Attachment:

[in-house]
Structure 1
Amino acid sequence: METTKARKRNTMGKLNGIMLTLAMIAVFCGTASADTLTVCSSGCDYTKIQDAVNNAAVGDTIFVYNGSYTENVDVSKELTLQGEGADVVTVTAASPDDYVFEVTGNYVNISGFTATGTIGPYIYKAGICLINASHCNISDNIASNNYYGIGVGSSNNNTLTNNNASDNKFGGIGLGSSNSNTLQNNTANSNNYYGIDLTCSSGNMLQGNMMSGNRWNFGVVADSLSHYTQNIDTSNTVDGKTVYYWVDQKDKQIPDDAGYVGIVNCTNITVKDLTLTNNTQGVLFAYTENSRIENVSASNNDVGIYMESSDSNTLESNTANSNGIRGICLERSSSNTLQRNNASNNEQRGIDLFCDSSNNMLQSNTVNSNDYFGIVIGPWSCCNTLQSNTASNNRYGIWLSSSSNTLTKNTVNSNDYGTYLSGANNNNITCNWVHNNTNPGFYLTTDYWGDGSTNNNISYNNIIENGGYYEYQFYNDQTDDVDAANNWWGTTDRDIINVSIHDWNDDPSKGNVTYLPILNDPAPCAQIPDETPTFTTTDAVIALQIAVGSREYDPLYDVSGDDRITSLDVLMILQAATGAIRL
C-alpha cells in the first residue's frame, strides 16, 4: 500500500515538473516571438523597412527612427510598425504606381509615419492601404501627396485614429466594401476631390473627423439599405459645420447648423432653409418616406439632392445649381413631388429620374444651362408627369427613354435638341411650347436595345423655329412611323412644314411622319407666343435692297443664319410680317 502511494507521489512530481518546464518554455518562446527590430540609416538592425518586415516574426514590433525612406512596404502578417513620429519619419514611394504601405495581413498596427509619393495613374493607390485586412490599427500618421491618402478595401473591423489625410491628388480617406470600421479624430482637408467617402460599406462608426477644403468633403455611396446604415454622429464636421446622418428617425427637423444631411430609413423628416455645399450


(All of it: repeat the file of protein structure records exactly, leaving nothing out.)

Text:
[in-house]
Structure 1
Amino acid sequence: METTKARKRNTMGKLNGIMLTLAMIAVFCGTASADTLTVCSSGCDYTKIQDAVNNAAVGDTIFVYNGSYTENVDVSKELTLQGEGADVVTVTAASPDDYVFEVTGNYVNISGFTATGTIGPYIYKAGICLINASHCNISDNIASNNYYGIGVGSSNNNTLTNNNASDNKFGGIGLGSSNSNTLQNNTANSNNYYGIDLTCSSGNMLQGNMMSGNRWNFGVVADSLSHYTQNIDTSNTVDGKTVYYWVDQKDKQIPDDAGYVGIVNCTNITVKDLTLTNNTQGVLFAYTENSRIENVSASNNDVGIYMESSDSNTLESNTANSNGIRGICLERSSSNTLQRNNASNNEQRGIDLFCDSSNNMLQSNTVNSNDYFGIVIGPWSCCNTLQSNTASNNRYGIWLSSSSNTLTKNTVNSNDYGTYLSGANNNNITCNWVHNNTNPGFYLTTDYWGDGSTNNNISYNNIIENGGYYEYQFYNDQTDDVDAANNWWGTTDRDIINVSIHDWNDDPSKGNVTYLPILNDPAPCAQIPDETPTFTTTDAVIALQIAVGSREYDPLYDVSGDDRITSLDVLMILQAATGAIRL
C-alpha cells in the first residue's frame, strides 16, 4: 500500500515538473516571438523597412527612427510598425504606381509615419492601404501627396485614429466594401476631390473627423439599405459645420447648423432653409418616406439632392445649381413631388429620374444651362408627369427613354435638341411650347436595345423655329412611323412644314411622319407666343435692297443664319410680317 502511494507521489512530481518546464518554455518562446527590430540609416538592425518586415516574426514590433525612406512596404502578417513620429519619419514611394504601405495581413498596427509619393495613374493607390485586412490599427500618421491618402478595401473591423489625410491628388480617406470600421479624430482637408467617402460599406462608426477644403468633403455611396446604415454622429464636421446622418428617425427637423444631411430609413423628416455645399450